2 Replies Latest reply on Apr 15, 2005 11:08 PM by Tom Elrod

    How test cases should work

    Tom Elrod Master

      To start, since this is probably going to be a long thread, will state how the test cases work using the benchmark decorators.

      ThreadLocalDecorator (and all the other decorators that accept number of threads and loops) - for each thread specified in the number of threads, there will be a new instance of the test created. For the number of loops specified, the test methods will be called on each test instance. So for example, if specify 3 threads and 10 loops, there will be three instances of the test class created and each instance will have their test methods called 10 times by each of their respective threads. An example class that demonstrates this would be:

      public class SimpleThreadLoopCounter extends TestCase
      {
      private static int staticCounter = 0;
      private static int staticMethodCounter = 0;
      private int localCounter = 0;

      public static Test suite()
      {
      return new ThreadLocalDecorator(SimpleThreadLoopCounter.class, 3, 10, 0, true, true);
      }

      public SimpleThreadLoopCounter()
      {
      staticCounter++;
      }

      public void testCounter() throws Exception
      {
      System.out.println("staticCounter = " + staticCounter);
      System.out.println("staticMethodcounter = " + ++staticMethodCounter);
      System.out.println("localCounter = " + ++localCounter);
      }
      }

      When this is run, the last entry will be:

      staticCounter = 3
      staticMethodcounter = 30
      localCounter = 10

      Also, important to note that JUnit will create a new instance of the TestCase for each test method it calls. So using the same sample above, if copied the testCounter method and called it testCounter2, the output would be:

      staticCounter = 6
      staticMethodcounter = 60
      localCounter = 10

      This means that eventhough local variables can be reused for each loop, they will be thrown away for each new test method run.

      Having said all this will follow up with another post of where, if anywhere, this behavior should be changed.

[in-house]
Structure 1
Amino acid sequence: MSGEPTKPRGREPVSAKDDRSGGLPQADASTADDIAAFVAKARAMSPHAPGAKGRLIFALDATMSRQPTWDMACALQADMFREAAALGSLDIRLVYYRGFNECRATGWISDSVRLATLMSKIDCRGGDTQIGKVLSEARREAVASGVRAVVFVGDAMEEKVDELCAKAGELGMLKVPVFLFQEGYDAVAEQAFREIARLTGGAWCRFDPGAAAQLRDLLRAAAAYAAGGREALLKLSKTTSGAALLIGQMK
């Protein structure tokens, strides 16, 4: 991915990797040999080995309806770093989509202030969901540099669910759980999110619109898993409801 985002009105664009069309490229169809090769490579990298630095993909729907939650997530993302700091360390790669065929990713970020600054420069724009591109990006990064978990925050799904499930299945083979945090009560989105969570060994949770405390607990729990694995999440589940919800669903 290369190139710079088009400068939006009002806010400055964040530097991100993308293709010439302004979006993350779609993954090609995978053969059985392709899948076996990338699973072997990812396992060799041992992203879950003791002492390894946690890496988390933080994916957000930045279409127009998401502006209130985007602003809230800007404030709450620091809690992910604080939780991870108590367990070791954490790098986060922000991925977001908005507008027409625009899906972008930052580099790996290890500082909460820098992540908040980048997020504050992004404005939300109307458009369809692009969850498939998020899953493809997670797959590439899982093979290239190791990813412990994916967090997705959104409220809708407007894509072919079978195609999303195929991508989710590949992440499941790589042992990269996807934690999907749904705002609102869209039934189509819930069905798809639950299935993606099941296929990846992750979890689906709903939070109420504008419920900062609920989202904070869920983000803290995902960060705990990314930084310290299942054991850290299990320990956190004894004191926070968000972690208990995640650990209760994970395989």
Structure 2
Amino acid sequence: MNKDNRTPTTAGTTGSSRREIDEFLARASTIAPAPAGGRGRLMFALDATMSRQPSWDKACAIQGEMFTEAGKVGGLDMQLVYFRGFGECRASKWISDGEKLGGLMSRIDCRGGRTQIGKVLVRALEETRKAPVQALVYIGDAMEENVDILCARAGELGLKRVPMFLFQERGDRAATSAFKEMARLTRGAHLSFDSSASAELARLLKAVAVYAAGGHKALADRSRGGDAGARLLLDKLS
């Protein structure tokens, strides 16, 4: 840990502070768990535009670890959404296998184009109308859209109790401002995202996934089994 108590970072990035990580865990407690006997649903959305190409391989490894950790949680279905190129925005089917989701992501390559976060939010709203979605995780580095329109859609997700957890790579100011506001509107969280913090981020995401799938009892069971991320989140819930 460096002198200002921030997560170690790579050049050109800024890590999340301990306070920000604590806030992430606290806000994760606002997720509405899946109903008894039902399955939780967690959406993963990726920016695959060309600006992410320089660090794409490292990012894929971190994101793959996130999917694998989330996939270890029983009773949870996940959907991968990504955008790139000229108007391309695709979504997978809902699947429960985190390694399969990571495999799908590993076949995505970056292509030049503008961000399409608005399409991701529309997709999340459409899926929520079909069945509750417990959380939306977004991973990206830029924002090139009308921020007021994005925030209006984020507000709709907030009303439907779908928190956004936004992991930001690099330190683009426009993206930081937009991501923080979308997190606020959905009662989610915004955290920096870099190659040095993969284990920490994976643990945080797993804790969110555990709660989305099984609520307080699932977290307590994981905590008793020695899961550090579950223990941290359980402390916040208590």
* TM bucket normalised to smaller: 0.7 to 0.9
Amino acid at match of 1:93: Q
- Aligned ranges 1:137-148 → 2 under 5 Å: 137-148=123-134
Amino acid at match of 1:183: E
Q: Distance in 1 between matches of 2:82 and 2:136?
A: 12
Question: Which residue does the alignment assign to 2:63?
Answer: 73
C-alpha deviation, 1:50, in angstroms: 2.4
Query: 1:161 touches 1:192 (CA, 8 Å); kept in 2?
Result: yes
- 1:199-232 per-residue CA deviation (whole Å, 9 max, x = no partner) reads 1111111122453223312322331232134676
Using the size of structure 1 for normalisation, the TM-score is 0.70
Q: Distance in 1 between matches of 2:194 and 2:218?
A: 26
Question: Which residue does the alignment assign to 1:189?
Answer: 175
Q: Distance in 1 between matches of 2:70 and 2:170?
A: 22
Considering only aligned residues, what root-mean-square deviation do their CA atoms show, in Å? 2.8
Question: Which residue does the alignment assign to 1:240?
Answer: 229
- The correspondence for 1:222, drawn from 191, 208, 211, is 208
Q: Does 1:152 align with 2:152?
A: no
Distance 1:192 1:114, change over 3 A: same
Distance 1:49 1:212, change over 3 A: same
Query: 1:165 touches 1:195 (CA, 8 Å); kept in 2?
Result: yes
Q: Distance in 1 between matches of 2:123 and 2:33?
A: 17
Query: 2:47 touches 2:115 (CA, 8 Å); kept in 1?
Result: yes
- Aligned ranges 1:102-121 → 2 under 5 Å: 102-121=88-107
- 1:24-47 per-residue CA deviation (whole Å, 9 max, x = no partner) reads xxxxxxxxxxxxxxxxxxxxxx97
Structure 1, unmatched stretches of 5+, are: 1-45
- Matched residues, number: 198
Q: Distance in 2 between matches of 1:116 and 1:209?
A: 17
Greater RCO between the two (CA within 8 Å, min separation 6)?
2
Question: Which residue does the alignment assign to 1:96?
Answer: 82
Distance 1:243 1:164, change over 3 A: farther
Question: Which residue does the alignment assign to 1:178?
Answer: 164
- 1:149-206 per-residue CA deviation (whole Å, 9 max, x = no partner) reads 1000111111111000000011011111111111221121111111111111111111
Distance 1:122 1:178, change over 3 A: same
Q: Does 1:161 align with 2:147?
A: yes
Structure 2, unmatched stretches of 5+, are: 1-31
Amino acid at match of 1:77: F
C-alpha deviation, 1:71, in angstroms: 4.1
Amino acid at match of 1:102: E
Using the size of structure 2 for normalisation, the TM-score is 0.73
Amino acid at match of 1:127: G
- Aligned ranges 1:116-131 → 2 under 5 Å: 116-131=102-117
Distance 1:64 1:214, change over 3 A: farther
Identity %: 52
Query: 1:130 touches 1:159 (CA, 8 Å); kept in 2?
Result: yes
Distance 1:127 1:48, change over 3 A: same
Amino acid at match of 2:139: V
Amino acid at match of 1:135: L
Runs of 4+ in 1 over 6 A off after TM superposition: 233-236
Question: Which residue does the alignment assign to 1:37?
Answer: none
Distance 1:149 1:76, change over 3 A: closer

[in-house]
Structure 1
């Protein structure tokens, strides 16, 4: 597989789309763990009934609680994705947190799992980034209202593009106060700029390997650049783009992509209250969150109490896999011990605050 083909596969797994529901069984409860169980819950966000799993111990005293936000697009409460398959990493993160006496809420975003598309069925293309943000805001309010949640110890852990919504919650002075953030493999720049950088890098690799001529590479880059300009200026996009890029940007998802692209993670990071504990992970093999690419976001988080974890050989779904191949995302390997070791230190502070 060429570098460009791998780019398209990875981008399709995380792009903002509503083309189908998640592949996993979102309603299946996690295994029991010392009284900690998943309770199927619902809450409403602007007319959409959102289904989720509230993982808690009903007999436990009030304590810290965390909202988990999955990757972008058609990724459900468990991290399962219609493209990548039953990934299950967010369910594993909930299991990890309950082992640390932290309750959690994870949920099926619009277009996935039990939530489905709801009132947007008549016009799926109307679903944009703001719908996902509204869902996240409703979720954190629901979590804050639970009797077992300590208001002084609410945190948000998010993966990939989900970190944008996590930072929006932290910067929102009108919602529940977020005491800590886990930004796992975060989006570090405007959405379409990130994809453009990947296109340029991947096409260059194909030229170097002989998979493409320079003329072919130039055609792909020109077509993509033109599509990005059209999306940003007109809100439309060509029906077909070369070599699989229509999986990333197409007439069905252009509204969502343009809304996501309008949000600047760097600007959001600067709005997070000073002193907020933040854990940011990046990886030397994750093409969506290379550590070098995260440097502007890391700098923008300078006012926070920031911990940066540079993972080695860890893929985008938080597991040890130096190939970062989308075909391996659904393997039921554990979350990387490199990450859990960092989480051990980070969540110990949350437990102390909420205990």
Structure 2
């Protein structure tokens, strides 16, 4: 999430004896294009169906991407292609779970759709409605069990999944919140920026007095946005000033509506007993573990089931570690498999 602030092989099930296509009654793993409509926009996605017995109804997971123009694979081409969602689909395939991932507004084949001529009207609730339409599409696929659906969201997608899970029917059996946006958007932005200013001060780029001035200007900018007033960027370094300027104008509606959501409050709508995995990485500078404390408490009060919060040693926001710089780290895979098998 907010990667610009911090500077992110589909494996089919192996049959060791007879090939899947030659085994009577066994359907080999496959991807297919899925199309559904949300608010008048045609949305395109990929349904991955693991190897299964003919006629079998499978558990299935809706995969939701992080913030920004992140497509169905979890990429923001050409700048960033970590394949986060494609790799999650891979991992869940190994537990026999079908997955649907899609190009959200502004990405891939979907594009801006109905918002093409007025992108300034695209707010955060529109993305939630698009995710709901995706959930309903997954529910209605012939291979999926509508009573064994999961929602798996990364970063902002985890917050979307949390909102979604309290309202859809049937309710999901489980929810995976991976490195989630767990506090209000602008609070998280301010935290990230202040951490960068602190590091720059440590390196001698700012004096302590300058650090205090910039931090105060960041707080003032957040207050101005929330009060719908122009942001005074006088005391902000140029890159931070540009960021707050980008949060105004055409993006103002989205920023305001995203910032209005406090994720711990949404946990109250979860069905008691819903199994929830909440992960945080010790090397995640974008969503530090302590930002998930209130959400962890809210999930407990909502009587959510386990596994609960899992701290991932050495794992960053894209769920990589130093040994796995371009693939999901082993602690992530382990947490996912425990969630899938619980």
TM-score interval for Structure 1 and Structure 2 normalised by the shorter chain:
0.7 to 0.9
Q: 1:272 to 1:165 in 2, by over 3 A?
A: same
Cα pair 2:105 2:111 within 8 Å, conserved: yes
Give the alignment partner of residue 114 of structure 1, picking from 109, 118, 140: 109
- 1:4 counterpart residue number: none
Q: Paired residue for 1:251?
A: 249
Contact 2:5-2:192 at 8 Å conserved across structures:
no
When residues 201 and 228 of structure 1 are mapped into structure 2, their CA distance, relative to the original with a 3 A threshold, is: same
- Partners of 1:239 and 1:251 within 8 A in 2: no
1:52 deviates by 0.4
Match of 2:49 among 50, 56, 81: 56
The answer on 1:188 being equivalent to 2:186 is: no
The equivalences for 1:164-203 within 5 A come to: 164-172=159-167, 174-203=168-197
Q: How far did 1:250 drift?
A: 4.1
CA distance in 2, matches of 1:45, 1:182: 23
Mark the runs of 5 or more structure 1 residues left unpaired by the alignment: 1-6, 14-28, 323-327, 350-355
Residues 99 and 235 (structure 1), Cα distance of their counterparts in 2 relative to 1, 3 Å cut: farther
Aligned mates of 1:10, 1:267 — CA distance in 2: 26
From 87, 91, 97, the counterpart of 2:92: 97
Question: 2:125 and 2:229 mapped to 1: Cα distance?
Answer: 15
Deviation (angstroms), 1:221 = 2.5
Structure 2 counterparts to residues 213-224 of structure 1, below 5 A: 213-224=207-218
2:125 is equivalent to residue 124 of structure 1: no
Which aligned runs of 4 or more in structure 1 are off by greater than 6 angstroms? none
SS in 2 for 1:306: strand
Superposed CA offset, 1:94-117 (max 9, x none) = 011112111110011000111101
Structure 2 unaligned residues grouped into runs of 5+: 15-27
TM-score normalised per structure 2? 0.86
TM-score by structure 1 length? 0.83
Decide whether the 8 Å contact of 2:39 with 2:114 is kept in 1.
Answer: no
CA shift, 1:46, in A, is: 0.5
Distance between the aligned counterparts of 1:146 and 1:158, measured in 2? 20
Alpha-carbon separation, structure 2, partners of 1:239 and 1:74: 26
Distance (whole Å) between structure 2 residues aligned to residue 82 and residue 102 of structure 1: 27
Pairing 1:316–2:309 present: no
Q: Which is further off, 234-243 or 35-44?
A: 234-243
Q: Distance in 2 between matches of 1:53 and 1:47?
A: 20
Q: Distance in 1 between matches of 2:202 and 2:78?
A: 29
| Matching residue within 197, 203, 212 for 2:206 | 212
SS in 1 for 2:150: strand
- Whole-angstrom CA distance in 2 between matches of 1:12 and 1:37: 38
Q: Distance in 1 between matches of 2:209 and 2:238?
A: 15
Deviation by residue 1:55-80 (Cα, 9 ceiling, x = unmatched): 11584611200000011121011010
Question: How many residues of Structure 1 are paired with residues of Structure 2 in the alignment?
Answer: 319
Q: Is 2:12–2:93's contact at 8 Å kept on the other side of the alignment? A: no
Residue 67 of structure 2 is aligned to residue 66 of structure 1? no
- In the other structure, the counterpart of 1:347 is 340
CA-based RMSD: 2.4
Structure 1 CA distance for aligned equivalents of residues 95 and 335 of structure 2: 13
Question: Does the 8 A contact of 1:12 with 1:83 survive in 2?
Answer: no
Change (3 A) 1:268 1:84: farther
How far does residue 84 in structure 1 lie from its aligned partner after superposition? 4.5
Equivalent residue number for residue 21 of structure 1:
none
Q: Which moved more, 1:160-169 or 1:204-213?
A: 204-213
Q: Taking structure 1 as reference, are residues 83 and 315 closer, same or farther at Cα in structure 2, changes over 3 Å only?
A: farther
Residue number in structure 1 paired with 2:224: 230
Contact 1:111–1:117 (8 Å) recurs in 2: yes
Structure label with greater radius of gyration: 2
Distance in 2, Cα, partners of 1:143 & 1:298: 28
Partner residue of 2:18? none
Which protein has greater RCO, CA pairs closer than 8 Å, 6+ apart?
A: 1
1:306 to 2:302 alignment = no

• 1. Re: How test cases should work
          Tom Elrod Master

          I think that they way things work in the previous post should remain and would be a natural extension of the base JUnit TestCase.

          However, I think there should be some changes to this behavior if running a TestCase that is specifically a server TestCase (when talking about having client/server tests where there are two process running for a test case, which is what I want for the remoting tests).

          So, for server test cases...

          - Need a way to tell the server to start up and initialize. This should be done using setUp() method. Once this method returns, it is assumed that the server is ready to receive calls.
          - Need a way to tell the server that it can shutdown and clean up. This should be done using the tearDown() method. This method will only be called in the case that all clients are finished making their calls to the server.

          The server may have test methods, which will be called just as in the case of regular JUnit test runs. However, the setUp() and tearDown() will not be called prior and after each test method call; it will be called only once each per test run. These test methods can contain asserts and are suggested to be used for validation of server data and metrics.

          IMPORTANT - the tearDown() method may be called even while a test method is being run. This is intentional and allows for the test method to loop until the tearDown() method is called. So a possible example of where this could be used is:

          ...
          private boolean stop = false;

          public void testServerMetrics()
          {
          while(!stop)
          {
          // collect data here
          }
          }

          protected void tearDown()
          {
          stop = true; // so will cause testServerMetrics() to break out of loop

          // do shutdown and clean up code.
          }

          Also, another change to the default JUnit test case behavior is that there will NOT be a new instance of the server test created when it moves to the next test method. This is due to not knowing where the clients will be in their test run, so can't tear down a server test case instance and build up a new one just to run a new test method.

          All this is just design talk at this point and I have to actually write the code to make it work this way (if possible). Wanted to post this so can field any objections before I go through the effort.

          -Tom

          • 2. Re: How test cases should work
            Tom Elrod Master

             

            "tom.elrod@jboss.com" wrote:

            Also, another change to the default JUnit test case behavior is that there will NOT be a new instance of the server test created when it moves to the next test method. This is due to not knowing where the clients will be in their test run, so can't tear down a server test case instance and build up a new one just to run a new test method.


            So strike this. Going to be close to impossible to do this without rewriting JUnit. The TestSuite's private method addTestMethods() calls on public static method createTest() which will contruct a new TestCase instance and set the test method on it and puts in a collection for each test method. This collection is iterated at a later point and runs each TestCase (as a seperate instance).

            So will just doument the hell out of server test case saying that if have more than one test method, will have more than one instance of the server created. Imagine this will reduce mis-use by about 10%. ;)